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Interest Rates Get Out The Crystal Ball

Mar 26, 2010

Rates have remained at historically low levels for some time now, so they must be ready to increase, right?  Let’s assume not if but when, so the more important questions are how high and how fast?  That’s the part that requires a crystal ball.  There are so many factors affecting interest rates, where does a person begin when trying to guess what lies ahead?

 

The Federal Reserve Bank (Fed) is responsible for directing the economy using various tools -- monetary plumbing only economists understand.  One of those tools is control of the money supply.  The problem is that over time the Fed has found itself less and less in control of it.  The creation of money market funds, for example, created money in the economy that was outside of the Fed’s direct control.  If the money supply expands beyond the Fed’s targets, inflation is the result.  The opposite is true if the money supply contracts too far.  Plainly stated, it’s more difficult to manage these days.

 

Interest rate levels are another well-publicized tool for the Fed during this current recession.  Because of a dearth of economic activity, the Fed has been able to push rates to historically low levels and keep them there without inflation rearing its ugly head.  Once the economy rebounds (some say the turnaround has already begun), economic activity, along with other factors, will bring pressure to bear that will make increases in interest rates inevitable.  Because of other tools the Fed employed to save the economy from ruin, low interest rates are desirable, but not sustainable.  That’s a different discussion.

 

Rates are going up.  What makes me so sure?  When the economy does claw its way back to expansion mode, the resulting economic activity will increase the money supply, so that is one factor.  As companies grow their operations to meet their customers’ demands, some will need to borrow more money.  Unfortunately, government deficits continue to grow, and the Treasury auctions of debt securities will necessarily increase significantly.  The increase in public debt will compete with financing in the private sector, another factor forcing rates higher.  It’s all about supply and demand – limited supply, more demand, higher rates.  The Fed will be forced to go along to keep a lid on inflation.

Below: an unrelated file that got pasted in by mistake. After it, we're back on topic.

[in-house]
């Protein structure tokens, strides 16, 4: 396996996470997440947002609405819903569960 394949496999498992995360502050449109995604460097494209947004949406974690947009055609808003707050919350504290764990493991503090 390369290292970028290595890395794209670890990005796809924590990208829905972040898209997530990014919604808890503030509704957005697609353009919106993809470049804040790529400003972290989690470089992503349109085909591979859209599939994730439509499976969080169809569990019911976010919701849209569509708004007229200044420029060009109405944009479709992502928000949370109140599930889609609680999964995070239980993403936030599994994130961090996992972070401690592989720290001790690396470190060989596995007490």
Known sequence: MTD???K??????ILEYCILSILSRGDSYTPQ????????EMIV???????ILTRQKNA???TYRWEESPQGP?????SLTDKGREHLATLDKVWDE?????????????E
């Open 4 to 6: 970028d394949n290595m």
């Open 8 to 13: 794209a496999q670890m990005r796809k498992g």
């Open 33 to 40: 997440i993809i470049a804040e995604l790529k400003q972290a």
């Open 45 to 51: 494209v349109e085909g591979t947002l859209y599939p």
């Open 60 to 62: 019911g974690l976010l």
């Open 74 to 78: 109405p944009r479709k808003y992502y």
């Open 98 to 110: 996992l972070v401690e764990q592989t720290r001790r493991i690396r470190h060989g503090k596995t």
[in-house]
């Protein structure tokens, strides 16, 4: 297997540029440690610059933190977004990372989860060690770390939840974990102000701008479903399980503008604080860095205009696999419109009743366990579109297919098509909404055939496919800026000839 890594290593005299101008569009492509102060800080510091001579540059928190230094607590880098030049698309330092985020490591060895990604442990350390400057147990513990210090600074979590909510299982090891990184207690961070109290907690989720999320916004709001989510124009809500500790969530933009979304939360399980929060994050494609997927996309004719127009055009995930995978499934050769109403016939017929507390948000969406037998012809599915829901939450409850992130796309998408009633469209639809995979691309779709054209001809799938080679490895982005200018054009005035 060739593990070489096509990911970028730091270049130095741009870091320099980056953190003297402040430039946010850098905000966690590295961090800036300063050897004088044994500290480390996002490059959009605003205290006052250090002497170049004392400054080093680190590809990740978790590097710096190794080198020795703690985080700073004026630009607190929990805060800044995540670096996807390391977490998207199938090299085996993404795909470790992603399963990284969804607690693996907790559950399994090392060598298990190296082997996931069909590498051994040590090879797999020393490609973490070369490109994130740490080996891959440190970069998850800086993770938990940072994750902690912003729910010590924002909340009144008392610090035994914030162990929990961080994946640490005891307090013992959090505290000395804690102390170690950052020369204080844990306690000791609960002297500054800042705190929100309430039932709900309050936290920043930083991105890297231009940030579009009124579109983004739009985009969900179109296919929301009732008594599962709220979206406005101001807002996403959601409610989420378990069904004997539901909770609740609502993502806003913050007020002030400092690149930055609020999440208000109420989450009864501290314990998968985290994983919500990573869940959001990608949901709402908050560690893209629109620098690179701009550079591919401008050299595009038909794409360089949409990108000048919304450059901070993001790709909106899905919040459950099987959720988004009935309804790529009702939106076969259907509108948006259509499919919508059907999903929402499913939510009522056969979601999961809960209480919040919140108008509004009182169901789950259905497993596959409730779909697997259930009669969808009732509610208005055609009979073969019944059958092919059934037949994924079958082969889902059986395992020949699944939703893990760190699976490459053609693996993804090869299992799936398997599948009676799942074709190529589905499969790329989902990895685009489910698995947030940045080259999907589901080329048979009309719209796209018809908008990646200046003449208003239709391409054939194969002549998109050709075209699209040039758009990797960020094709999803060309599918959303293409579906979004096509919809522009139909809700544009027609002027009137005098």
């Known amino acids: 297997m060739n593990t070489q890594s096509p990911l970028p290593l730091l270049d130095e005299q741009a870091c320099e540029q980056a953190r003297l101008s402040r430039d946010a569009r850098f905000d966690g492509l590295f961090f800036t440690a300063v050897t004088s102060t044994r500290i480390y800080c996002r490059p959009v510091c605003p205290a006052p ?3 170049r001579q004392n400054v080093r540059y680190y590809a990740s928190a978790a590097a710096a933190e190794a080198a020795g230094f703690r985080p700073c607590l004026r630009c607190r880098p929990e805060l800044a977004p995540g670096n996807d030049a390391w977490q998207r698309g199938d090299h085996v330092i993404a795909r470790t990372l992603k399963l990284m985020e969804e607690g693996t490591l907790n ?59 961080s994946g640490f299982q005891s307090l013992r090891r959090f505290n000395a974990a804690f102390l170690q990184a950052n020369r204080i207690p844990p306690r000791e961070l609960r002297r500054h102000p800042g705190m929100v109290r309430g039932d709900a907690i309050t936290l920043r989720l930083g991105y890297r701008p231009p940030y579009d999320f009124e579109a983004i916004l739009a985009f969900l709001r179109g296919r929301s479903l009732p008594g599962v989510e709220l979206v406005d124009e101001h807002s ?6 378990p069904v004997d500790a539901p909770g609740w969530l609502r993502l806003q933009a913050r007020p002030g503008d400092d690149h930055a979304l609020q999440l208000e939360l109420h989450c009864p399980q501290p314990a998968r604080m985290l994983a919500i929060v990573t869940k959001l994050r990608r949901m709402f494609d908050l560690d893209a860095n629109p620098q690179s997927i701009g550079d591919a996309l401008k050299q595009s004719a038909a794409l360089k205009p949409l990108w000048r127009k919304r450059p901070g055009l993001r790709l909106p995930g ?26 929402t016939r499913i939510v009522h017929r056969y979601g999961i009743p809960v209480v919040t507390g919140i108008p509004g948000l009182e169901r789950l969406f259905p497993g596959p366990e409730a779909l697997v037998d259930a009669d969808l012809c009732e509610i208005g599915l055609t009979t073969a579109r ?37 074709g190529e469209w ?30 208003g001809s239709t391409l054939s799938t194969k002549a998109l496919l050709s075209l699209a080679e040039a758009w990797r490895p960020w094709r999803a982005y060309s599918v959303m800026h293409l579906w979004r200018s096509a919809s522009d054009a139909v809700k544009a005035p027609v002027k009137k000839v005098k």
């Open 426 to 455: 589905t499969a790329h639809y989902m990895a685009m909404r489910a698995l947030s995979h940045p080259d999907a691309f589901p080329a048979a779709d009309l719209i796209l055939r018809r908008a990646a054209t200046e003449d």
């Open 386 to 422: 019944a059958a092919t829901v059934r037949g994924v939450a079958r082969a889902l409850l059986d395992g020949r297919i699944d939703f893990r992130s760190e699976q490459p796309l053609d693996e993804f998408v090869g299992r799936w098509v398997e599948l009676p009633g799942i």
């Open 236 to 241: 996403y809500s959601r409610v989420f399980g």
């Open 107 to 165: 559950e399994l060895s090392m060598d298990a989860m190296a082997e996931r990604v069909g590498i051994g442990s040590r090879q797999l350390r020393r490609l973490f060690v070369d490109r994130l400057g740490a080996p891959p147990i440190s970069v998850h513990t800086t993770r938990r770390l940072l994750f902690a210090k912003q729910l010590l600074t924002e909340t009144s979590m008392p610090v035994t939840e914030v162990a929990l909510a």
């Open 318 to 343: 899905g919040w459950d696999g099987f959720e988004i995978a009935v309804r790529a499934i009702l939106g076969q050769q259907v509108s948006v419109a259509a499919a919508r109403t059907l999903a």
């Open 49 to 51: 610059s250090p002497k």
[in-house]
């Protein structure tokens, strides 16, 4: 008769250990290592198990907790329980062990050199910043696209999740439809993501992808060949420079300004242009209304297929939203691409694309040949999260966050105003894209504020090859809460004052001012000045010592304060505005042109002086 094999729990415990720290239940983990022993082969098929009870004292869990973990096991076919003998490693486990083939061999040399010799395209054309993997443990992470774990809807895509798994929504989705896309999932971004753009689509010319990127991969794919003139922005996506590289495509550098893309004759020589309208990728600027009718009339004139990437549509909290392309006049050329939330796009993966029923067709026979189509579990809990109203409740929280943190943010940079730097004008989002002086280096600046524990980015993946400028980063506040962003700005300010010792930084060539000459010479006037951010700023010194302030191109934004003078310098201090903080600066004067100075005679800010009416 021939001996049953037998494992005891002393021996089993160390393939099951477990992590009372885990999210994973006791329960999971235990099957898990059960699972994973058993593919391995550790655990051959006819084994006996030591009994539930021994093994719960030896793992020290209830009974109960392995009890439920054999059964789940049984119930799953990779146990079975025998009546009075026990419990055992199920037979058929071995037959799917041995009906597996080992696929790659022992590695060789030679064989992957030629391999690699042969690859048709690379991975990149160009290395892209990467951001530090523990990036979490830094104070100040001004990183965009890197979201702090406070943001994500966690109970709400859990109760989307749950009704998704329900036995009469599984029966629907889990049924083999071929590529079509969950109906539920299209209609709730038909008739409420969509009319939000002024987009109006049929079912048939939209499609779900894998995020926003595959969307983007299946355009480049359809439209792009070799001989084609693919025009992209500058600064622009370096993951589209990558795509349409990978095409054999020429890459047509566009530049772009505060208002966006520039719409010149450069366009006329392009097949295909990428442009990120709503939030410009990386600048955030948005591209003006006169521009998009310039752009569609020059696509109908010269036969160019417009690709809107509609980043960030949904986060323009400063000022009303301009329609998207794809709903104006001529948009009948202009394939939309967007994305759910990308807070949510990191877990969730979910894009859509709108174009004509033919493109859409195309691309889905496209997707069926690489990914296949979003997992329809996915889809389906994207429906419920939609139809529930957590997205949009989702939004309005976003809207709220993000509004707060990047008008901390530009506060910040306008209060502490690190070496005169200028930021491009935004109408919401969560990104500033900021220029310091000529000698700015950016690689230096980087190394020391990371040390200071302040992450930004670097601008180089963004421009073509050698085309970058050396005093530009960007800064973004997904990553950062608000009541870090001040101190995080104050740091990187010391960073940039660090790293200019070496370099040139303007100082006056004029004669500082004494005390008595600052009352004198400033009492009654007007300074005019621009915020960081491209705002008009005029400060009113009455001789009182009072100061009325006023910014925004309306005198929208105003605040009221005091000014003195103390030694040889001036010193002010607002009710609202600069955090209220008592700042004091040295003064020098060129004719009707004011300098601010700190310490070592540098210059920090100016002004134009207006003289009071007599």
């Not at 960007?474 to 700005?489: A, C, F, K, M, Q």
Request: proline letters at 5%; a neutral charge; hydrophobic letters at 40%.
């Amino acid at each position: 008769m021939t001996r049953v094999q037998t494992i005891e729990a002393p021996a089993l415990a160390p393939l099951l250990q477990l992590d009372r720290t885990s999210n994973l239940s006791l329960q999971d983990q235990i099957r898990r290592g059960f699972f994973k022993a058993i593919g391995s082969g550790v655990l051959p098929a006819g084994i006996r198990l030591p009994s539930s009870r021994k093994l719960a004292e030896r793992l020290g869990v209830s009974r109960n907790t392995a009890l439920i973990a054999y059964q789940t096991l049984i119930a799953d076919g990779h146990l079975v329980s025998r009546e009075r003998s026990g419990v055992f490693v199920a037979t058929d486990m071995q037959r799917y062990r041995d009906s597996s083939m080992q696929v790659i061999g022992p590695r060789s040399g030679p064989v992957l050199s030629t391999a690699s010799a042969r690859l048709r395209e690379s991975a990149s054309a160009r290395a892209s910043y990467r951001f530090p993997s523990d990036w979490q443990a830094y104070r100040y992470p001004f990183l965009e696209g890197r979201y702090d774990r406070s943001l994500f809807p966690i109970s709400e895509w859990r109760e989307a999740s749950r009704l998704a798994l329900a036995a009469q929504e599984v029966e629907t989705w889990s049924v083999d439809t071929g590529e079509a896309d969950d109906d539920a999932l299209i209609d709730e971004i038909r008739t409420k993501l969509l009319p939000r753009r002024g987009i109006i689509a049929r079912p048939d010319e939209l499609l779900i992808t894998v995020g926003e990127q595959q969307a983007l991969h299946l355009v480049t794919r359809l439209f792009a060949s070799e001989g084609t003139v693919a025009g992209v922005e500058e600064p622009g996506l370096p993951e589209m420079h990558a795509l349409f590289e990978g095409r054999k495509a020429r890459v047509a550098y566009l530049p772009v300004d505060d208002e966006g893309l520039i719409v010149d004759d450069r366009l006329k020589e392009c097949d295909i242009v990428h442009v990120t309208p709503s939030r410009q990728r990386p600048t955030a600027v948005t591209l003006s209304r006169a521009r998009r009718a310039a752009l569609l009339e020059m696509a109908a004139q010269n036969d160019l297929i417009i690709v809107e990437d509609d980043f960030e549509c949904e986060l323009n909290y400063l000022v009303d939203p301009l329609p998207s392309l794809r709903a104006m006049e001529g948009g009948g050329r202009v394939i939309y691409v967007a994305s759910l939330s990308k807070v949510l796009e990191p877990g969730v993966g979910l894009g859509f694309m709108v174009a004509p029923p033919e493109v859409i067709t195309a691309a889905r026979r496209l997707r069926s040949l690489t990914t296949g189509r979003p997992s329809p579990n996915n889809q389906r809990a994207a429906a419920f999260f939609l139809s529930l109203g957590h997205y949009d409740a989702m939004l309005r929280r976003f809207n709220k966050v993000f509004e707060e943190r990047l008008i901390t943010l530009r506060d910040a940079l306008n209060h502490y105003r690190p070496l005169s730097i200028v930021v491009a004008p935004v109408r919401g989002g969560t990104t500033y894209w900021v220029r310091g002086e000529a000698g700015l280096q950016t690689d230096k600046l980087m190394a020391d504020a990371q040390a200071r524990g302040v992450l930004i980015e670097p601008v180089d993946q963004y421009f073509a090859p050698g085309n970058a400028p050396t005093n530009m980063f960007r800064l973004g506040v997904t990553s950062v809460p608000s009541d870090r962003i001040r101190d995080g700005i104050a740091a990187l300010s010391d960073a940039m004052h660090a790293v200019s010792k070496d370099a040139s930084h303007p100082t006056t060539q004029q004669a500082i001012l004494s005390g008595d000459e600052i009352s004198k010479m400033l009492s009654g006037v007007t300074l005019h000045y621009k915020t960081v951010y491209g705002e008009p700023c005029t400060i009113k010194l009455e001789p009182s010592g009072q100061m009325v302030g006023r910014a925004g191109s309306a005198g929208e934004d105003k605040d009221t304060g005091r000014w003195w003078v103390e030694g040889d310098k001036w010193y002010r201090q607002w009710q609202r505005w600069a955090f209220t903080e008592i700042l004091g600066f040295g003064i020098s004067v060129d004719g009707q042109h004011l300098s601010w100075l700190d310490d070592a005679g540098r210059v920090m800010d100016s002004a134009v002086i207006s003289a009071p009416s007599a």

So, how high, and how quickly will rates rise?  Even the economists don’t agree. That said, this topic merits consideration because if you borrow money, it’s prudent to look ahead and project the impact increased rates could have on your bottom line.  A good defense requires a good offense.  Revolving debt with a floating rate could be restructured as fixed-rate, long-term debt by using different assets to secure the loan.  An interest rate ceiling could be negotiated with your lender or the rate tied to a different index such as LIBOR, versus the prime rate or a lender’s internal version of it.  Perhaps an alternative borrowing source can be found.  Even if no changes in borrowing structure are possible, long-term financial plans need to make allowance for different possibilities.  Since no one can accurately predict the actual rate scenario, you might want to consider using different rates in projections in three flavors - expected, best case and worst case, just to cover all the bases.  If you need to modify your financial plan or create one if you don’t have a plan, your B2B CFO® partner can assist you.

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